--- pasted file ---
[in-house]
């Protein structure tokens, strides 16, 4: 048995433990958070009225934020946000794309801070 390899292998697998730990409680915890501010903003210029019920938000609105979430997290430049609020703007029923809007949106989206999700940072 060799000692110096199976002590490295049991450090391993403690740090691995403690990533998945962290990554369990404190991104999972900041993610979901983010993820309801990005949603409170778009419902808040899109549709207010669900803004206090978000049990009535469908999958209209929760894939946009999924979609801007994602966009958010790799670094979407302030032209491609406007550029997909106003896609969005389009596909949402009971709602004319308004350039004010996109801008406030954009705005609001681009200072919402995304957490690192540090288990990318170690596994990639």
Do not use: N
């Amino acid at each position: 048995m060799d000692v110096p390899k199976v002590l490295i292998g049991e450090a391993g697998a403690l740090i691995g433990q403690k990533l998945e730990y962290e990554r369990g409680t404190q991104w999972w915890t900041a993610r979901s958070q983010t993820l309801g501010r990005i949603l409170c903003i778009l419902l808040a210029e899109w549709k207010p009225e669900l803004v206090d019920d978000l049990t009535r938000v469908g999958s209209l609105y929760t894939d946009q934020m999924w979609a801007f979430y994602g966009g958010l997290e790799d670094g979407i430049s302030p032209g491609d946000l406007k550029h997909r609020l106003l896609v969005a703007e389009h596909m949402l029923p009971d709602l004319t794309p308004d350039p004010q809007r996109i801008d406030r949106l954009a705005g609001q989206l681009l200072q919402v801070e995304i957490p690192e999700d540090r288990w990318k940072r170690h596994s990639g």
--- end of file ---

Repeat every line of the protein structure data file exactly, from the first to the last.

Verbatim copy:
[in-house]
């Protein structure tokens, strides 16, 4: 048995433990958070009225934020946000794309801070 390899292998697998730990409680915890501010903003210029019920938000609105979430997290430049609020703007029923809007949106989206999700940072 060799000692110096199976002590490295049991450090391993403690740090691995403690990533998945962290990554369990404190991104999972900041993610979901983010993820309801990005949603409170778009419902808040899109549709207010669900803004206090978000049990009535469908999958209209929760894939946009999924979609801007994602966009958010790799670094979407302030032209491609406007550029997909106003896609969005389009596909949402009971709602004319308004350039004010996109801008406030954009705005609001681009200072919402995304957490690192540090288990990318170690596994990639």
Do not use: N
């Amino acid at each position: 048995m060799d000692v110096p390899k199976v002590l490295i292998g049991e450090a391993g697998a403690l740090i691995g433990q403690k990533l998945e730990y962290e990554r369990g409680t404190q991104w999972w915890t900041a993610r979901s958070q983010t993820l309801g501010r990005i949603l409170c903003i778009l419902l808040a210029e899109w549709k207010p009225e669900l803004v206090d019920d978000l049990t009535r938000v469908g999958s209209l609105y929760t894939d946009q934020m999924w979609a801007f979430y994602g966009g958010l997290e790799d670094g979407i430049s302030p032209g491609d946000l406007k550029h997909r609020l106003l896609v969005a703007e389009h596909m949402l029923p009971d709602l004319t794309p308004d350039p004010q809007r996109i801008d406030r949106l954009a705005g609001q989206l681009l200072q919402v801070e995304i957490p690192e999700d540090r288990w990318k940072r170690h596994s990639g």